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Alcohol Clin Exp Res. 2009 Sep;33(9):1539-44. doi: 10.1111/j.1530-0277.2009.00982.x. Epub 2009 May 26.

Blood glucose level, alcohol heavy drinking, and alcohol craving during treatment for alcohol dependence: results from the Combined Pharmacotherapies and Behavioral Interventions for Alcohol Dependence (COMBINE) Study.

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Center for Alcohol and Addiction Studies, Brown University, Providence, RI 02912, USA.



Heavy drinking may increase blood glucose levels. Moreover, in alcohol-dependent subjects, glucose may play a putative role in alcohol preference.


This study investigated the relationship between blood glucose levels and both alcohol heavy drinking and craving in alcohol-dependent subjects participating in the COMBINE Study. The primary objective was to evaluate the relationship between baseline (pretreatment) glucose levels and percentage of heavy drinking day (PHDD) during treatment. The secondary objective was to evaluate the relationship between glucose levels, baseline PHDD, and craving measured by the Obsessive Compulsive Drinking Scale (OCDS).


This analysis consisted of 1,324 participants. Baseline glucose levels were significantly and positively associated with PHDD during treatment [F(1, 1225) = 5.21, p = 0.023], after controlling for baseline PHDD [F(1, 1225) = 36.25, p < 0.0001], gender [F (1, 1225) = 3.33, p = 0.07], and body mass index (BMI) [F(1, 1225) = 0.31, p = 0.58]. Higher glucose levels at baseline were associated with a higher percentage of PHDD at pretreatment [F(1, 1304) = 5.96, p = 0.015], after controlling for gender [F(1, 1304) = 0.29, p = 0.59] and BMI [F(1, 1304) = 0.90, p = 0.34]. Glucose was not significantly associated with the OCDS total score [F(1, 1304) = 0.12, p = 0.73], the OCDS Obsessive subscale [F(1, 1304) = 0.35, p = 0.56], or the OCDS Compulsive subscale [F(1, 1304) = 1.19, p = 0.28] scores, after controlling for gender and BMI.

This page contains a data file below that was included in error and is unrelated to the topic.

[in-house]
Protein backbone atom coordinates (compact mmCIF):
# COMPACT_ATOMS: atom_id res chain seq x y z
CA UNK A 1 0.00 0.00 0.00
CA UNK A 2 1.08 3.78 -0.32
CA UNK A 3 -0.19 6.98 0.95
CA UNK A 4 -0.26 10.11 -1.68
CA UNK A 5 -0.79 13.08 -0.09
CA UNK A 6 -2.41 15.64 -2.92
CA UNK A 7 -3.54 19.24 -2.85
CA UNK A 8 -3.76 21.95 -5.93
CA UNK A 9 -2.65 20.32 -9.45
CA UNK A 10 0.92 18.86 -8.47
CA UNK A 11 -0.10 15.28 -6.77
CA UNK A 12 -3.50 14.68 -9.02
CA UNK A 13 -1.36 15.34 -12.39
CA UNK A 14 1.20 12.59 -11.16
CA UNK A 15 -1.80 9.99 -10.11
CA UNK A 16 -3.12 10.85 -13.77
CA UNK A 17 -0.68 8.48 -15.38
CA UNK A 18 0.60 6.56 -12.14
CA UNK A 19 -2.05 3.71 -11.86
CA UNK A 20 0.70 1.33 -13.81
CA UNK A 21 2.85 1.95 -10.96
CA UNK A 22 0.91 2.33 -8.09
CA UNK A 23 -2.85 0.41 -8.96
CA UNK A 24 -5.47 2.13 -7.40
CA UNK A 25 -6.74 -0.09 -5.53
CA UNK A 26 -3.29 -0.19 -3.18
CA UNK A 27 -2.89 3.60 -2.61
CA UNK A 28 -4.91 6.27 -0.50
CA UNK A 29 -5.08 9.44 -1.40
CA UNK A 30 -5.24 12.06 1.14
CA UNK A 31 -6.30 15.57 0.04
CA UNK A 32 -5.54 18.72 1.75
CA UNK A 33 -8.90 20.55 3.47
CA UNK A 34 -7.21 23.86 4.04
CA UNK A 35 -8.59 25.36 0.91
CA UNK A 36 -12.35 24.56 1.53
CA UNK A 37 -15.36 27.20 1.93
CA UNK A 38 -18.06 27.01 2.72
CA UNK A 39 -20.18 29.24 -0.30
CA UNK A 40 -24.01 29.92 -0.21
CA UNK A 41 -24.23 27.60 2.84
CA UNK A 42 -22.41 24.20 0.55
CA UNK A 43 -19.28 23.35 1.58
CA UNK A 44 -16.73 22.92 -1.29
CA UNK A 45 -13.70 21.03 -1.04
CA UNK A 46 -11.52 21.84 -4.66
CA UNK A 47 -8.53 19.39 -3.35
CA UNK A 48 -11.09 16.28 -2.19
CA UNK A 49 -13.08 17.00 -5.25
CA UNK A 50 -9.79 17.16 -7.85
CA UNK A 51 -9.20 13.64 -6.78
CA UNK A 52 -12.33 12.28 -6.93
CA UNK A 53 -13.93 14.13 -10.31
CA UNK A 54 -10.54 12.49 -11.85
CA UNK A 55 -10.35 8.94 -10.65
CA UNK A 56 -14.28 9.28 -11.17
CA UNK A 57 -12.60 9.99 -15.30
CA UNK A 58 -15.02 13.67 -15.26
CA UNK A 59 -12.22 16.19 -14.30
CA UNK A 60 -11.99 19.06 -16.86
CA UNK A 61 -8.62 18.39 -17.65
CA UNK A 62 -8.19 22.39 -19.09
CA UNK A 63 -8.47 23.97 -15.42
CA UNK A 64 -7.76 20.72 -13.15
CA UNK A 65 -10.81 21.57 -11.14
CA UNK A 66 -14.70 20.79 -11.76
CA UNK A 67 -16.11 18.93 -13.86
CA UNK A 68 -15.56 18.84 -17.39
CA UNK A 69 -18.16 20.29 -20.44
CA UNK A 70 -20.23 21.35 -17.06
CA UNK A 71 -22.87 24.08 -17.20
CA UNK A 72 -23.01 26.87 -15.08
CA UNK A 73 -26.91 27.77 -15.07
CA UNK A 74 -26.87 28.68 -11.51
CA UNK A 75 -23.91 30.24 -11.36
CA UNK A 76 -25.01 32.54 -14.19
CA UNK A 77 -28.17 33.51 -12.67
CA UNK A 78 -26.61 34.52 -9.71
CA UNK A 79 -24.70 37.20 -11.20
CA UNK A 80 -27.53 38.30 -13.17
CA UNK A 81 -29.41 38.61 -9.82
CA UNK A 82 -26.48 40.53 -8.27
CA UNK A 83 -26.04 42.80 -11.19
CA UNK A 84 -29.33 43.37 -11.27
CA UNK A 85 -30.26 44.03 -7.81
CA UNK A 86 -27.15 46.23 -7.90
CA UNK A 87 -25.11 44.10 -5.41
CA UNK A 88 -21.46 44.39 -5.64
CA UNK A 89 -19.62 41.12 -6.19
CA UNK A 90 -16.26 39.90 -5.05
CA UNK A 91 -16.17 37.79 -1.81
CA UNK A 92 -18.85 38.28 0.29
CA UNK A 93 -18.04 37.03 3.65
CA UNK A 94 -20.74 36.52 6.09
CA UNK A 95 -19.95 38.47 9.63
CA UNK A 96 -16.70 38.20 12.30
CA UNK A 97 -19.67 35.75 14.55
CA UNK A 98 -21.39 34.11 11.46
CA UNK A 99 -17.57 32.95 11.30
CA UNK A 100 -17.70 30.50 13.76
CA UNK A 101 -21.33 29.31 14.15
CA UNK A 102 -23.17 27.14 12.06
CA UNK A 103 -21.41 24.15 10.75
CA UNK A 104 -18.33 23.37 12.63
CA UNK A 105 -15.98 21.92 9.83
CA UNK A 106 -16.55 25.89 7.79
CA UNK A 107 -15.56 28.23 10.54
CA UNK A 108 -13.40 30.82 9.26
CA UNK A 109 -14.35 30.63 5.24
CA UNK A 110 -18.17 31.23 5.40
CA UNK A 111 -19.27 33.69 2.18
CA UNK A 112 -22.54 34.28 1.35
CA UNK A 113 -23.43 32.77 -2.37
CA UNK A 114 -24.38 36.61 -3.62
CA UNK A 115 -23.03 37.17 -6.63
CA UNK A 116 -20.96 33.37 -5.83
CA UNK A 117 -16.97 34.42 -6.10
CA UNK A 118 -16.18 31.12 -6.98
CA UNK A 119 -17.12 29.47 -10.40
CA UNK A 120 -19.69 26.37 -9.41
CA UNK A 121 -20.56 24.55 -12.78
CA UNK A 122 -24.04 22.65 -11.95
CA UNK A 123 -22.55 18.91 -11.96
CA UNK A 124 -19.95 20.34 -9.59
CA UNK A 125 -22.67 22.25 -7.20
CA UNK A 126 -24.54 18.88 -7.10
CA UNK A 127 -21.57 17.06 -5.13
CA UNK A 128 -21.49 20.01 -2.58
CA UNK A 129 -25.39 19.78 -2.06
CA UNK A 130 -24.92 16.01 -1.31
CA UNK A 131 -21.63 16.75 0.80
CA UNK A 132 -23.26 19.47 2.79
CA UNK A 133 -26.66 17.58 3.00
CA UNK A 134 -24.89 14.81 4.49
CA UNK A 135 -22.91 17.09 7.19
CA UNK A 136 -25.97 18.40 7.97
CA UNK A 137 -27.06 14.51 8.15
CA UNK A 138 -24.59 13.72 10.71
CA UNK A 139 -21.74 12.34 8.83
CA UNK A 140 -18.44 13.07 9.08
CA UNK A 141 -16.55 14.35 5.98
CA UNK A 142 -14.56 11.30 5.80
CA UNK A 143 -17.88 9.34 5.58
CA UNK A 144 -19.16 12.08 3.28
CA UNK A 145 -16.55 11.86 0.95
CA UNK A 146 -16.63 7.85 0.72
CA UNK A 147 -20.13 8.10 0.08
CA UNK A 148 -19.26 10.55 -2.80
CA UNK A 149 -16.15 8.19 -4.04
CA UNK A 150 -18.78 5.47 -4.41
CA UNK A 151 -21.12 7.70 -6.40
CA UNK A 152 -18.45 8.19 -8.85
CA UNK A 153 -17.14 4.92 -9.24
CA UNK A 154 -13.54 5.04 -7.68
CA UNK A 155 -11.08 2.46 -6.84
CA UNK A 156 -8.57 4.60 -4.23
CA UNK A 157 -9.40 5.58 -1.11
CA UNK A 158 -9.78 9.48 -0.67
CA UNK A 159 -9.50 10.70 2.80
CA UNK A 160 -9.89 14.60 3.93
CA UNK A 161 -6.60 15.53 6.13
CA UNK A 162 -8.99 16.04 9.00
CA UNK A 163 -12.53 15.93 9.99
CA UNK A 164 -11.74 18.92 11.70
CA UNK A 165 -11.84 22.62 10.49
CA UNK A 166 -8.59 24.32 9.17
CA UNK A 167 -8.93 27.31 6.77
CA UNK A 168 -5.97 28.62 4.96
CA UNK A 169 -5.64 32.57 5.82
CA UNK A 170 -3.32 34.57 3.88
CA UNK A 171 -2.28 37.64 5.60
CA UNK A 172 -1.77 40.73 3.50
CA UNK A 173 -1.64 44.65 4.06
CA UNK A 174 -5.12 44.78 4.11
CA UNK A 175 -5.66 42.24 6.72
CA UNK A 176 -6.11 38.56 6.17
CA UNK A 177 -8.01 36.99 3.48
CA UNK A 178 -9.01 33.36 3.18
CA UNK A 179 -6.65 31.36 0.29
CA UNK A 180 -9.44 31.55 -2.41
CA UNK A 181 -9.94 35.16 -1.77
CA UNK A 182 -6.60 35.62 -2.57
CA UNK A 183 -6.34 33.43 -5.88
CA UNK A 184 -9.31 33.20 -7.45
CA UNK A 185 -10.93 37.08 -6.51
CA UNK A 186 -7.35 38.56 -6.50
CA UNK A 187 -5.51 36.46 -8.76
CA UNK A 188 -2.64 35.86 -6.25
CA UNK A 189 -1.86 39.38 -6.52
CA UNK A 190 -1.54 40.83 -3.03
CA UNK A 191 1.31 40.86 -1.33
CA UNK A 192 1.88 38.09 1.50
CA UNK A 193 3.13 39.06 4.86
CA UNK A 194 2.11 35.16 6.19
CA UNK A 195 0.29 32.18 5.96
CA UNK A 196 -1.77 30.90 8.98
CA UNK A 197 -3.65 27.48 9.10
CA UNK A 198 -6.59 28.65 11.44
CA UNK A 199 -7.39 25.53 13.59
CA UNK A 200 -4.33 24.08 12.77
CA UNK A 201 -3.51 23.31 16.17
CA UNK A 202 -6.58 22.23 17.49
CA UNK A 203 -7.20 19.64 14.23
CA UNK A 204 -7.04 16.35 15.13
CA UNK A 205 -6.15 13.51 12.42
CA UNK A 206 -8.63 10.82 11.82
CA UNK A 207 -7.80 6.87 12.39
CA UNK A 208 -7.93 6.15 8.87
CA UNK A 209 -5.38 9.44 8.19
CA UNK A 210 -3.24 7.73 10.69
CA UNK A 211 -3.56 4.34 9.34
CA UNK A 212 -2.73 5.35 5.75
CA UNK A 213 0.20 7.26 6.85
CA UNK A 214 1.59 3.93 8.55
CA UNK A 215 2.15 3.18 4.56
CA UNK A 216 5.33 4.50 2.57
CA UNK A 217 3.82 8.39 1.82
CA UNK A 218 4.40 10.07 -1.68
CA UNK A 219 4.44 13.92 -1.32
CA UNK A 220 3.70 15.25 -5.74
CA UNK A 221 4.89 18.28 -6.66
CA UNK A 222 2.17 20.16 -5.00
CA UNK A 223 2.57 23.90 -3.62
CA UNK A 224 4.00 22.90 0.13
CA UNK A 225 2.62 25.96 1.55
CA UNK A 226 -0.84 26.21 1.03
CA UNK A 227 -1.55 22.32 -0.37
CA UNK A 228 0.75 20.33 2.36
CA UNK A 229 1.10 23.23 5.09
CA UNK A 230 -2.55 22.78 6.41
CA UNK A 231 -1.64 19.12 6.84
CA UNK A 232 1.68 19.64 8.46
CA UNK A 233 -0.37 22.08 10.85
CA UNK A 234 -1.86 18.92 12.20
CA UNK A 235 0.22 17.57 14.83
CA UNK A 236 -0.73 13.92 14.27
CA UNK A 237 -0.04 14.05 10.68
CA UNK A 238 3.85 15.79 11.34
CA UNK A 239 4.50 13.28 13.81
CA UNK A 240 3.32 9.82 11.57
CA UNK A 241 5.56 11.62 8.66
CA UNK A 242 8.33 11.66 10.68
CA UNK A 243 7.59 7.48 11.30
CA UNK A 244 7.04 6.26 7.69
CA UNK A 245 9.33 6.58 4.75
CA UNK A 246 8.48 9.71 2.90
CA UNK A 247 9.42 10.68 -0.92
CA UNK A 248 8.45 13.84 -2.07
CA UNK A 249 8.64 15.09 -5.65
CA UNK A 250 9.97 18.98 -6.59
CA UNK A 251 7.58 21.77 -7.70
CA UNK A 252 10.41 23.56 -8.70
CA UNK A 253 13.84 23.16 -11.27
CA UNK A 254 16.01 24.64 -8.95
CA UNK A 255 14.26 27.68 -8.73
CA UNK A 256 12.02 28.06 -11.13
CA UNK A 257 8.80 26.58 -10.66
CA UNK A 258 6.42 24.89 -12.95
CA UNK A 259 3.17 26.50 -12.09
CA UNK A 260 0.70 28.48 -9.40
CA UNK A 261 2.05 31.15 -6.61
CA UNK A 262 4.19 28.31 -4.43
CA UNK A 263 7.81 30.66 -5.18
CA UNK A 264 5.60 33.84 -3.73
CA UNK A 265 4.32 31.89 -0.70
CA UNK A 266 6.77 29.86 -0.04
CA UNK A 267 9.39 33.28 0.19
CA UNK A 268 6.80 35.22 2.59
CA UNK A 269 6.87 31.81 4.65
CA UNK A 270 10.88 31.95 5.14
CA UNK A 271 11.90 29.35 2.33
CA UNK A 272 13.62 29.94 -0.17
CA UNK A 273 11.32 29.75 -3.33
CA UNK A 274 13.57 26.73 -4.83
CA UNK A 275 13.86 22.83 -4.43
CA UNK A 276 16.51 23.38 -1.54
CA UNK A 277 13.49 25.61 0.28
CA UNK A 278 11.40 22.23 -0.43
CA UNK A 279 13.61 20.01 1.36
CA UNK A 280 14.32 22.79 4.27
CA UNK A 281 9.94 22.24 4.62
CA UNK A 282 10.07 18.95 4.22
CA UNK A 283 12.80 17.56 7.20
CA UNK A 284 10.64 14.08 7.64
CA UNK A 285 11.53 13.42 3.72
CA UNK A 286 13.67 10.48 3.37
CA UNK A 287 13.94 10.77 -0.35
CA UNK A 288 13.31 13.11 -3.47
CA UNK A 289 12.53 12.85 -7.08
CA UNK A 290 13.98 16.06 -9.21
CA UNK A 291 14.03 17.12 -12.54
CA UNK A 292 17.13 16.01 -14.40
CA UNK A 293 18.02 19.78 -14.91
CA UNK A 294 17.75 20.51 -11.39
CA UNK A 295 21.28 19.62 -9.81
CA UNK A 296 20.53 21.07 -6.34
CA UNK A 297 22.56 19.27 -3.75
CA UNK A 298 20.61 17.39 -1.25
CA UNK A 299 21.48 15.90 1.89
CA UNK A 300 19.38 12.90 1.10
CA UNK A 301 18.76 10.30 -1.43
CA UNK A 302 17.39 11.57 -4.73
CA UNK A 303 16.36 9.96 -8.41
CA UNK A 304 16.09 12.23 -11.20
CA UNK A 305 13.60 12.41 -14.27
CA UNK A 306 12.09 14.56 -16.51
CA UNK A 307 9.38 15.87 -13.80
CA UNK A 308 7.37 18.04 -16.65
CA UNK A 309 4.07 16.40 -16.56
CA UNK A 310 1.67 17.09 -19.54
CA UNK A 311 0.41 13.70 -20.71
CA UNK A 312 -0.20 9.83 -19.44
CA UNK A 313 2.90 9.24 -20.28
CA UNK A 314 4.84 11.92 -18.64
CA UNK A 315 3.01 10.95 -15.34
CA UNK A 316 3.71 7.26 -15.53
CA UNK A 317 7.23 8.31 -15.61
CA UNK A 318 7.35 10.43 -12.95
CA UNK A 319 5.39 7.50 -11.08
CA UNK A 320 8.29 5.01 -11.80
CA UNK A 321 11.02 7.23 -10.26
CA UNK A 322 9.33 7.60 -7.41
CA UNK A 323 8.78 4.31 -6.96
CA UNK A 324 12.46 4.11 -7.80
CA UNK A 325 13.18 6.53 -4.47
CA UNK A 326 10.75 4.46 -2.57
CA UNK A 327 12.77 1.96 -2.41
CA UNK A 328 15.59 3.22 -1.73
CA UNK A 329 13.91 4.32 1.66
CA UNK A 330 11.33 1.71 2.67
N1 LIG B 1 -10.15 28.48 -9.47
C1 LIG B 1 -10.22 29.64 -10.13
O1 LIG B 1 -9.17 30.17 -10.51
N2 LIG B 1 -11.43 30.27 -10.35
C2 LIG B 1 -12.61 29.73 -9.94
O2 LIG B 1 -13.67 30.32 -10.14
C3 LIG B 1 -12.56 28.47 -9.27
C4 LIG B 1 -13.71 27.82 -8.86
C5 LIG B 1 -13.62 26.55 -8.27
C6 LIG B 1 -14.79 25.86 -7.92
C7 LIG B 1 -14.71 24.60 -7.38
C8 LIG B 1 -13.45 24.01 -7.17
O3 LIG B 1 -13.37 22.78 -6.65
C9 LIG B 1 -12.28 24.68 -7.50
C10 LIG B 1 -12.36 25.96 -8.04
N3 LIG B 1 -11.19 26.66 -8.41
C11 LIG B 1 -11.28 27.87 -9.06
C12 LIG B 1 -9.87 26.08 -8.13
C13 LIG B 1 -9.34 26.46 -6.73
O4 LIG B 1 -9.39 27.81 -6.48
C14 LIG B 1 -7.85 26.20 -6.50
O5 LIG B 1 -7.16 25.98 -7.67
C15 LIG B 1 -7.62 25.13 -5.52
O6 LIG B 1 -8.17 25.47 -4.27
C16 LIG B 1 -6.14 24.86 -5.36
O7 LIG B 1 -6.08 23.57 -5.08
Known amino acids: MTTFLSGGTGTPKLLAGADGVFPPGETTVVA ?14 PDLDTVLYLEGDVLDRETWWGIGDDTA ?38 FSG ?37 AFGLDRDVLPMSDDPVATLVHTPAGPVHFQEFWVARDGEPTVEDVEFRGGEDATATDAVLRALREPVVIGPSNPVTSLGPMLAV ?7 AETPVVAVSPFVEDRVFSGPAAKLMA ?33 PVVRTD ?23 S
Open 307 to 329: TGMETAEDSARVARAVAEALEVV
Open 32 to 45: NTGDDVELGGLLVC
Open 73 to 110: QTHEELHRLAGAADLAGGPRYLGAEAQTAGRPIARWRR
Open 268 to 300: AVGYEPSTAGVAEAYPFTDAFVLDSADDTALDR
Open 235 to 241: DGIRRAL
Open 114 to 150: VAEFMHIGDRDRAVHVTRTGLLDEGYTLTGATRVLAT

A link between pretreatment glucose levels and heavy drinking during treatment was found, suggesting a role of glucose in predicting heavy alcohol consumption. Although caution is needed in the interpretation of these results, elevated glucose and heavy drinking may be affected by a common mechanism and manipulations affecting glucose regulation may influence alcohol consumption.

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